Original Research

Systematic review of screening tools for common soccer injuries and their risk factors

Raphael Christopher, Corlia Brandt, Natalie Benjamin-Damon
South African Journal of Physiotherapy | Vol 77, No 1 | a1496 | DOI: https://doi.org/10.4102/sajp.v77i1.1496 | © 2021 Raphael Christopher, Corlia Brandt, Natalie Benjamin-Damon | This work is licensed under CC Attribution 4.0
Submitted: 01 May 2020 | Published: 12 February 2021

About the author(s)

Raphael Christopher, Department of Physiotherapy, Faculty of Health Sciences, University of the Witwatersrand, Johannesburg, South Africa
Corlia Brandt, Department of Physiotherapy, Faculty of Health Sciences, University of the Witwatersrand, Johannesburg, South Africa
Natalie Benjamin-Damon, Department of Physiotherapy, Faculty of Health Sciences, University of the Witwatersrand, Johannesburg, South Africa


Share this article

Bookmark and Share

Abstract

Background: Several screening tools are available for use in a clinical setting to predict injury. However, there is a lack of evidence regarding the accuracy of these tools to predict soccer-specific injuries.

Objectives: The purpose of this systematic literature review was to determine the psychometric properties or accuracy of screening tools for common soccer injuries.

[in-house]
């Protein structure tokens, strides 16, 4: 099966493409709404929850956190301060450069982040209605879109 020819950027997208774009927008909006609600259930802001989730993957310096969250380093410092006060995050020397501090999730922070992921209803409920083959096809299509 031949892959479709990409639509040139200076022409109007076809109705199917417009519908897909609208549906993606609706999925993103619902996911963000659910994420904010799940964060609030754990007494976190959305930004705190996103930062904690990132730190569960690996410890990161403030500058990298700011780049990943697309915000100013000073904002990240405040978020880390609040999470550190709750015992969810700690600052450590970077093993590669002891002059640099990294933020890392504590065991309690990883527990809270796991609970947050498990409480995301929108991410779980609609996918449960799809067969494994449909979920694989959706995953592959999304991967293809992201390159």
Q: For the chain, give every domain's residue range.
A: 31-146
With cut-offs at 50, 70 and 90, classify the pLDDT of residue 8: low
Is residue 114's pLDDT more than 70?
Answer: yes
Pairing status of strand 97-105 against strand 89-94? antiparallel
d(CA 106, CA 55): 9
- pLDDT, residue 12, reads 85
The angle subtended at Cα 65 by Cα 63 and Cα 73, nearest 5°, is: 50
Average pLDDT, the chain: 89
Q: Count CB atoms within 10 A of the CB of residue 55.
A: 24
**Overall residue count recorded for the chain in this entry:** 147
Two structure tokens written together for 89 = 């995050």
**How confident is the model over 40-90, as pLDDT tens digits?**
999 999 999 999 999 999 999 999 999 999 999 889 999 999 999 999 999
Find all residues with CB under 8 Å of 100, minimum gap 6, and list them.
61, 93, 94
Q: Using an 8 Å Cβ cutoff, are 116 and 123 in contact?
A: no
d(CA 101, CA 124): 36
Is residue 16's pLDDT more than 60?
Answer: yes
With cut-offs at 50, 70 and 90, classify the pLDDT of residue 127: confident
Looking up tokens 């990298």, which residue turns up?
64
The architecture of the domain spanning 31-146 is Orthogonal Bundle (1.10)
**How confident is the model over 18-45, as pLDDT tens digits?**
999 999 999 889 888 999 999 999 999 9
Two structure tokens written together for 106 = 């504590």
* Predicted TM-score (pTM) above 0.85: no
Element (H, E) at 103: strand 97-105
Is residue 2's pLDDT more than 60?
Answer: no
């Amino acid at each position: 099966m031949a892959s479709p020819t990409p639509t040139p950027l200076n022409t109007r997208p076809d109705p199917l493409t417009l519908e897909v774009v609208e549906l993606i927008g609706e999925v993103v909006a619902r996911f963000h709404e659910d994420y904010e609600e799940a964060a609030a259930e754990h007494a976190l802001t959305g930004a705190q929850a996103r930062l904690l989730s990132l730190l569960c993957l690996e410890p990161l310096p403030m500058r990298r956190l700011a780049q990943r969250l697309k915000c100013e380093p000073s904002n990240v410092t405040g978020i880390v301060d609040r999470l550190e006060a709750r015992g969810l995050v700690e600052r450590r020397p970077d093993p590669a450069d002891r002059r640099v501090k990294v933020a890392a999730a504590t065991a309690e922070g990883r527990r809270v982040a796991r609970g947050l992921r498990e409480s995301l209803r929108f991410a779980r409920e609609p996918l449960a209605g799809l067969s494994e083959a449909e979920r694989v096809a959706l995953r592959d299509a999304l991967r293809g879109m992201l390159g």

Methods: A systematic review of diagnostic test accuracy was undertaken based on the Joanna Briggs Institute (JBI) procedure for conducting systematic reviews. Databases such as SPORT Discus, Cinahl, Medline, Science Direct, PubMed and grey literature were searched in order to access suitable studies.

Results: A total of 10 studies were included for the analysis – three were analysed quantitatively whilst the remaining seven were analysed qualitatively. The screening tools were of high reliability, sensitivity and specificity (calculated as intraclass correlation coefficient [ICC] (0.68 95% confidence interval [CI]: 0.52–0.84 and 0.64 95% CI: 0.61–0.66, respectively).

Conclusion: The screening tools assessed for the prediction of common soccer injuries that emerged from this systematic review include the Functional Movement Screening (FMS™), the Landing Error Scoring System (LESS), the Tuck Jump Assessment, the Soccer Injury Movement Screening (SIMS) and the conventional hamstrings to quadriceps ratio; all with good evidence of predicting common soccer injuries. These tools were of high sensitivity and specificity thus reliable for soccer screening.

Clinical implications: The validity of these tools is acceptable and therefore the authors recommend that these tools be included in an injury prevention programme for soccer players.


Keywords

common soccer injuries; common injury risk factors; screening tools prevention and prediction; screening tools accuracy; sensitivity and specificity

Metrics

Total abstract views: 1131
Total article views: 622


Crossref Citations

No related citations found.